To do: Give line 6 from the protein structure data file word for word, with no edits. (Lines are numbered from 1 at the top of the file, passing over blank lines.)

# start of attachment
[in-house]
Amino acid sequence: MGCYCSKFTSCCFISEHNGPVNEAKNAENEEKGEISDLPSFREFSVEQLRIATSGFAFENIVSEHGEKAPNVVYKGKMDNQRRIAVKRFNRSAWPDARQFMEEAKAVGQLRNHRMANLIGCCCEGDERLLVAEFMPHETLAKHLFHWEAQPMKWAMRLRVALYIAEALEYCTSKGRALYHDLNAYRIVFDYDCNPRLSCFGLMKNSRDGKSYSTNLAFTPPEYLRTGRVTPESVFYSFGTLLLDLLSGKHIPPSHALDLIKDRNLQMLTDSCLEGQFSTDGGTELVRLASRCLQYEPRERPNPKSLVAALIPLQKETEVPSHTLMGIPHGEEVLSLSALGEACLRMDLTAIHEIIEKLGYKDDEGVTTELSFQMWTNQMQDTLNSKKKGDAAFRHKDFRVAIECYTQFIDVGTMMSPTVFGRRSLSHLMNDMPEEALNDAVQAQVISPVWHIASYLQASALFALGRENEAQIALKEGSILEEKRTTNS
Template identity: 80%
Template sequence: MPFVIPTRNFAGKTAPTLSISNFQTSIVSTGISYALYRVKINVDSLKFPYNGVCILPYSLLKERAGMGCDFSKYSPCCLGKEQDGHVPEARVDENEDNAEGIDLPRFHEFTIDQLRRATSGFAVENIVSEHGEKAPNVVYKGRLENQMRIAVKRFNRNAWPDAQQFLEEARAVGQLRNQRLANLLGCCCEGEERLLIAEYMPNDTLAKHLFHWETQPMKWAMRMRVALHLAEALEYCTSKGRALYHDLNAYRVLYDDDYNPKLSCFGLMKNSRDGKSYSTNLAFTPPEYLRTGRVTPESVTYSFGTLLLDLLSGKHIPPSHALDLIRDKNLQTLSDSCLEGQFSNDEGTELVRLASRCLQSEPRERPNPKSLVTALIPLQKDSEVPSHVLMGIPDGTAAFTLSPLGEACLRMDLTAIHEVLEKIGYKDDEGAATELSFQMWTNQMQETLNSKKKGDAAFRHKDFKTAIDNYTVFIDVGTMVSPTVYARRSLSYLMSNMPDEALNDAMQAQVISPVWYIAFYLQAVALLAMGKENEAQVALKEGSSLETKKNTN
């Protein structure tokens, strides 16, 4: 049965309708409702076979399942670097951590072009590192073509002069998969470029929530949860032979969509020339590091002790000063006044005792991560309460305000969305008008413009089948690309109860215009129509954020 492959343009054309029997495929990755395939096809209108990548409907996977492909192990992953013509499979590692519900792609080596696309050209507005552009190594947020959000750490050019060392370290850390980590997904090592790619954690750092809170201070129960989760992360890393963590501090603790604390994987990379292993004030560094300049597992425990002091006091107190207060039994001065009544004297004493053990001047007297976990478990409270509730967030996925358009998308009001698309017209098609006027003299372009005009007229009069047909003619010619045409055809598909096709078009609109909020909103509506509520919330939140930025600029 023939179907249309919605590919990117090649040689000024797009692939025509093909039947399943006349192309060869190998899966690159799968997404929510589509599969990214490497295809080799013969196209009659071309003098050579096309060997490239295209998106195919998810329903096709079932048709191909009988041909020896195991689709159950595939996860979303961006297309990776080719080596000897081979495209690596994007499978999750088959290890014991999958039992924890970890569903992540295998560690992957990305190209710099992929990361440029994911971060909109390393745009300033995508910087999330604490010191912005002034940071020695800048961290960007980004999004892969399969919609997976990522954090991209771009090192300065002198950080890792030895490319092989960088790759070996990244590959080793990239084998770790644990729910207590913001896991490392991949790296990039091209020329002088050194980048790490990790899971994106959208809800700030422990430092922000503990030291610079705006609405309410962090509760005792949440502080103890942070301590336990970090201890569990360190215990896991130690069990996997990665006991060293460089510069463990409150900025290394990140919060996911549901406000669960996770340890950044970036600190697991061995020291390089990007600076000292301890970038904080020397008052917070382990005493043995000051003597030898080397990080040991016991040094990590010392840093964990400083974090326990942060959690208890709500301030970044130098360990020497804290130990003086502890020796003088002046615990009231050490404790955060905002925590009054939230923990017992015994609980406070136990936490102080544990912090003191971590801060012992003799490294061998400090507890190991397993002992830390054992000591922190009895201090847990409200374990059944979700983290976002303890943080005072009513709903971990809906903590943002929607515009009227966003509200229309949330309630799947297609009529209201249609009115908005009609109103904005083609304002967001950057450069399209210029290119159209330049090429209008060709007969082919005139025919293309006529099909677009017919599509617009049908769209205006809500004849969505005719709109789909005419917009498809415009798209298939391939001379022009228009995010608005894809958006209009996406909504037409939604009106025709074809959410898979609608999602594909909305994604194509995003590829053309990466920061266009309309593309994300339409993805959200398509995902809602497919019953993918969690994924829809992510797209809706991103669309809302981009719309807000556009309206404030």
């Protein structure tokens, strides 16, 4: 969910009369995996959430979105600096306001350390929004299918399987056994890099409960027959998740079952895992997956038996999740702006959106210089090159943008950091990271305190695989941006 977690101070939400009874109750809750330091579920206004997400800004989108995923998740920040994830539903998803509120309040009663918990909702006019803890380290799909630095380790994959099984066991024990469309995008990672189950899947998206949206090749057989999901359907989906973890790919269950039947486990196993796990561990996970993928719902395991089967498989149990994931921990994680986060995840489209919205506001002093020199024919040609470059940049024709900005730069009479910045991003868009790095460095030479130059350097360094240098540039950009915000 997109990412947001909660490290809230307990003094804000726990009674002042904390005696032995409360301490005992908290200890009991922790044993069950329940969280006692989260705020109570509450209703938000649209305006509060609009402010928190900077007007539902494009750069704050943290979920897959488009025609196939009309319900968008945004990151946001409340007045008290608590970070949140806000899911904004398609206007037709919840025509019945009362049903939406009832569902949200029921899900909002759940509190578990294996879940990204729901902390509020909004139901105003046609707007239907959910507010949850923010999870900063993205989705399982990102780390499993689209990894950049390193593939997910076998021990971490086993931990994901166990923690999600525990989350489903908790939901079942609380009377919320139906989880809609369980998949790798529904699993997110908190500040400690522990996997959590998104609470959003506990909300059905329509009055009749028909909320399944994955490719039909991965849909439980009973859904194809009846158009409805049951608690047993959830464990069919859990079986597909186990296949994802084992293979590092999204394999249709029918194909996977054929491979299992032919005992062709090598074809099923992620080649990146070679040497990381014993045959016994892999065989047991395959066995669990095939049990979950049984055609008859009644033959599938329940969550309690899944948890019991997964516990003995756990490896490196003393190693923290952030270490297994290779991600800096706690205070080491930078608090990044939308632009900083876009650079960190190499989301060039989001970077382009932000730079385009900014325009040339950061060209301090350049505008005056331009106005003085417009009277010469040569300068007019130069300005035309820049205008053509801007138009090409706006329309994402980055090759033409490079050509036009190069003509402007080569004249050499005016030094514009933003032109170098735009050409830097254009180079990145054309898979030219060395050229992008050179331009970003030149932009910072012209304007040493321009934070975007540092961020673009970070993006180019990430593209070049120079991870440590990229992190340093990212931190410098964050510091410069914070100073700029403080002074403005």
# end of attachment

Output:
């Protein structure tokens, strides 16, 4: 969910009369995996959430979105600096306001350390929004299918399987056994890099409960027959998740079952895992997956038996999740702006959106210089090159943008950091990271305190695989941006 977690101070939400009874109750809750330091579920206004997400800004989108995923998740920040994830539903998803509120309040009663918990909702006019803890380290799909630095380790994959099984066991024990469309995008990672189950899947998206949206090749057989999901359907989906973890790919269950039947486990196993796990561990996970993928719902395991089967498989149990994931921990994680986060995840489209919205506001002093020199024919040609470059940049024709900005730069009479910045991003868009790095460095030479130059350097360094240098540039950009915000 997109990412947001909660490290809230307990003094804000726990009674002042904390005696032995409360301490005992908290200890009991922790044993069950329940969280006692989260705020109570509450209703938000649209305006509060609009402010928190900077007007539902494009750069704050943290979920897959488009025609196939009309319900968008945004990151946001409340007045008290608590970070949140806000899911904004398609206007037709919840025509019945009362049903939406009832569902949200029921899900909002759940509190578990294996879940990204729901902390509020909004139901105003046609707007239907959910507010949850923010999870900063993205989705399982990102780390499993689209990894950049390193593939997910076998021990971490086993931990994901166990923690999600525990989350489903908790939901079942609380009377919320139906989880809609369980998949790798529904699993997110908190500040400690522990996997959590998104609470959003506990909300059905329509009055009749028909909320399944994955490719039909991965849909439980009973859904194809009846158009409805049951608690047993959830464990069919859990079986597909186990296949994802084992293979590092999204394999249709029918194909996977054929491979299992032919005992062709090598074809099923992620080649990146070679040497990381014993045959016994892999065989047991395959066995669990095939049990979950049984055609008859009644033959599938329940969550309690899944948890019991997964516990003995756990490896490196003393190693923290952030270490297994290779991600800096706690205070080491930078608090990044939308632009900083876009650079960190190499989301060039989001970077382009932000730079385009900014325009040339950061060209301090350049505008005056331009106005003085417009009277010469040569300068007019130069300005035309820049205008053509801007138009090409706006329309994402980055090759033409490079050509036009190069003509402007080569004249050499005016030094514009933003032109170098735009050409830097254009180079990145054309898979030219060395050229992008050179331009970003030149932009910072012209304007040493321009934070975007540092961020673009970070993006180019990430593209070049120079991870440590990229992190340093990212931190410098964050510091410069914070100073700029403080002074403005």